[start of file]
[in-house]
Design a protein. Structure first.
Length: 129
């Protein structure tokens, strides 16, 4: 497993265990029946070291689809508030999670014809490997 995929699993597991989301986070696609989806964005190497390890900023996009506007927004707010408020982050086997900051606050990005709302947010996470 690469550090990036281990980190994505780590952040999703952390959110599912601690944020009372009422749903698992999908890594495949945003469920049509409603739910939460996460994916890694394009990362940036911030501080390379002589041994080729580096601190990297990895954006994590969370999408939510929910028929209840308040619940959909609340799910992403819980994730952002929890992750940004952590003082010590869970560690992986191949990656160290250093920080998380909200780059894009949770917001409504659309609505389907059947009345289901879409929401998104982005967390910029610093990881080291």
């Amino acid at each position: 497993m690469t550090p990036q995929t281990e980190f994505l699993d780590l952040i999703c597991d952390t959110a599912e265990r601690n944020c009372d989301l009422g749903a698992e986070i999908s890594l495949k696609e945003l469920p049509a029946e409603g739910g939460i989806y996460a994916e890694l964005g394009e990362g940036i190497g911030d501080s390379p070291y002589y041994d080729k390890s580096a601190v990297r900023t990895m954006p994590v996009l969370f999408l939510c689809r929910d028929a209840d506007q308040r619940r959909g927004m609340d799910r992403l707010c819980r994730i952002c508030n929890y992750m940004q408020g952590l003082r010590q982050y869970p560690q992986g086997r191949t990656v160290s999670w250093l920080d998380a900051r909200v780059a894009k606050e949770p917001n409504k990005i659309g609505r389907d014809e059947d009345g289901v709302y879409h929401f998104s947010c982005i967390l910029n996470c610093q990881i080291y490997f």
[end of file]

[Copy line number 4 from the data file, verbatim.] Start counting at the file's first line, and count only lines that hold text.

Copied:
């Protein structure tokens, strides 16, 4: 497993265990029946070291689809508030999670014809490997 995929699993597991989301986070696609989806964005190497390890900023996009506007927004707010408020982050086997900051606050990005709302947010996470 690469550090990036281990980190994505780590952040999703952390959110599912601690944020009372009422749903698992999908890594495949945003469920049509409603739910939460996460994916890694394009990362940036911030501080390379002589041994080729580096601190990297990895954006994590969370999408939510929910028929209840308040619940959909609340799910992403819980994730952002929890992750940004952590003082010590869970560690992986191949990656160290250093920080998380909200780059894009949770917001409504659309609505389907059947009345289901879409929401998104982005967390910029610093990881080291």